January 27, 2019

Firebase and Gatsby, Together At Last

or How I Fixed an Unexpected Snafu

If you look just above the title of this post, you should see a beard icon and the phrase ${strokes} bestowed. It's a fun little indicator of how many likes this post has received to date. I built this using a Firebase Realtime Database. For those of you unfamiliar with Firebase, it's a cool, JSON-based DBaaS (database-as-a-service) product from Google that I've used in a few other projects.

Firebase comes with a JavaScript SDK that's normally a cinch to hook up to a client side code. In fact, I had zero complications with combining Gatsby and Firebase until I tried to deploy my new feature. That's when things started hitting the fan.

A Missing Window

The first issue I ran into was when I tried to run a build. Gatsby ran into some issues with Firebase. I was really confused at first because Firebase was working just fine in Gatsby's development environment. I wasn't expecting it to crash and burn so badly when it was built.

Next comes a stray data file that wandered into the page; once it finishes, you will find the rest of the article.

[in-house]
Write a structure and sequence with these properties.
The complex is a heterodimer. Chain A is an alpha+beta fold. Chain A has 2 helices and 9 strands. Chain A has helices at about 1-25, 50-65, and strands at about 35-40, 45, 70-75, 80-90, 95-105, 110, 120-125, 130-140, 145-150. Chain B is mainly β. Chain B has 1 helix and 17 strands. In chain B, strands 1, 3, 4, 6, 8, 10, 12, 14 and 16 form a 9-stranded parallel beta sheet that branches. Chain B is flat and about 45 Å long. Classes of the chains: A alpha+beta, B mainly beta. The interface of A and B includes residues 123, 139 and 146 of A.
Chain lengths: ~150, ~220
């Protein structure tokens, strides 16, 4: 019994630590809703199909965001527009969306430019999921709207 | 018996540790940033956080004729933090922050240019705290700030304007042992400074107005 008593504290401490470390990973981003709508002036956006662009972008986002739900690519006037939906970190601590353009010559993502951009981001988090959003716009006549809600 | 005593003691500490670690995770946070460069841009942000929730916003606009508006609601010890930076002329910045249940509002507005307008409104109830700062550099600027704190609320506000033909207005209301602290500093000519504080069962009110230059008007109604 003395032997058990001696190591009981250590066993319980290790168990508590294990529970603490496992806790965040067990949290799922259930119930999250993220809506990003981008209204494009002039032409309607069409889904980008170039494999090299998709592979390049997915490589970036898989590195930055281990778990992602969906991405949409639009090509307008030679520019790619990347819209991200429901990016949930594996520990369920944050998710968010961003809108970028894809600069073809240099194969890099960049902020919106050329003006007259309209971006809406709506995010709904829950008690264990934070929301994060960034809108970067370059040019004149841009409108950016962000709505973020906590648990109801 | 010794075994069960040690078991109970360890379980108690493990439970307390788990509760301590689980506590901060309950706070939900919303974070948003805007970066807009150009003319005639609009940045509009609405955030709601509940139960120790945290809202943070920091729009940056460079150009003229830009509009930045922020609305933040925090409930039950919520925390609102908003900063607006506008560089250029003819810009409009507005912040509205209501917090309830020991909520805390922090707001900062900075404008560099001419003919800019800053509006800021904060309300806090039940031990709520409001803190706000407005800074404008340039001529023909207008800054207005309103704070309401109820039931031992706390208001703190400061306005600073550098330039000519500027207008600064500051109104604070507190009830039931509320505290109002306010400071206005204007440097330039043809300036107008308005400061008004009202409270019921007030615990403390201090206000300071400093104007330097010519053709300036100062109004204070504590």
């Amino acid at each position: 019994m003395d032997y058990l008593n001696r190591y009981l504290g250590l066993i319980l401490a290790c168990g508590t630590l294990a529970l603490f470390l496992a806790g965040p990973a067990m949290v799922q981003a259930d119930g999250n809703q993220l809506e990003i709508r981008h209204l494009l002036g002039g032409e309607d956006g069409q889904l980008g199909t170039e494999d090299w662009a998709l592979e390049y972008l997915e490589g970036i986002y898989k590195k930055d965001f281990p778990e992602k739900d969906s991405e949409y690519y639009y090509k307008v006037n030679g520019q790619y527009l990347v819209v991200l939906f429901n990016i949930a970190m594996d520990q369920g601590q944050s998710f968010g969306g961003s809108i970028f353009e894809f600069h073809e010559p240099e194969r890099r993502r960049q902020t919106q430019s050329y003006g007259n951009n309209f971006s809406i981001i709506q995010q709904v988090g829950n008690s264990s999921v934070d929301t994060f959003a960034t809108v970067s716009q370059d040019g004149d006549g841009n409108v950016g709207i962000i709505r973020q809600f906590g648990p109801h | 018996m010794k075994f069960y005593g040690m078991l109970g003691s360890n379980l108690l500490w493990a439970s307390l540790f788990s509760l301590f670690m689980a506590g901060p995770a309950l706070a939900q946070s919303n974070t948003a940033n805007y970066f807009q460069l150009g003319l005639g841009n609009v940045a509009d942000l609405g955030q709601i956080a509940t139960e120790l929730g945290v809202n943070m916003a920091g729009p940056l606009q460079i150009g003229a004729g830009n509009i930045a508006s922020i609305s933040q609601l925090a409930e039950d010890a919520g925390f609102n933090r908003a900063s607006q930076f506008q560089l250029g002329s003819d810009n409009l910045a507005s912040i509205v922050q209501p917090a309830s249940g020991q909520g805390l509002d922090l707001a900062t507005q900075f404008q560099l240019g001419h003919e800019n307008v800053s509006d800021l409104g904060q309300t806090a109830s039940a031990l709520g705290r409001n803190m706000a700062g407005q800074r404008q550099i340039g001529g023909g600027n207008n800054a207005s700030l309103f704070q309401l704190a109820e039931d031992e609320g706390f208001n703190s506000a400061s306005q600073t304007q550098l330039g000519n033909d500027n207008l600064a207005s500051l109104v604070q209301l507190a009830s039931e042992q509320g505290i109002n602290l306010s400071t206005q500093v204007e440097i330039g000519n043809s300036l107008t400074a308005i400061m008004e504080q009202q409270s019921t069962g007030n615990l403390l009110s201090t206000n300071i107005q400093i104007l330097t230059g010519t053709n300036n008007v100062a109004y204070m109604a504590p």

Turns out that Firebase's initialization code makes a reference to the window object. This isn't a problem in development, because we're using Webpack's dev server. But running gatsby build is a bit different. window does not exist in the build environment and you have to be careful where and when you try to access the object. Firebase was crashing every build because it was trying to access a property on this non-existent object.

Ok, how do we solve this?

After going down a few wrong paths (and reading some Github issues), I landed on a solution I'm pretty happy with. I ended up changing how, more precisely when, Firebase was initialized in the application. At first, I followed a tried and true method for initializing the app that looks like this:

import firebase from 'firebase/app'
import 'firebase/database'

const config = {
  apiKey: process.env.FIREBASE_API_KEY,
  authDomain: process.env.FIREBASE_AUTH_DOMAIN,
  databaseURL: process.env.FIREBASE_DATABASE_URL,
  projectId: process.env.FIREBASE_PROJECT_ID,
  storageBucket: process.env.FIREBASE_STORAGE_BUCKET,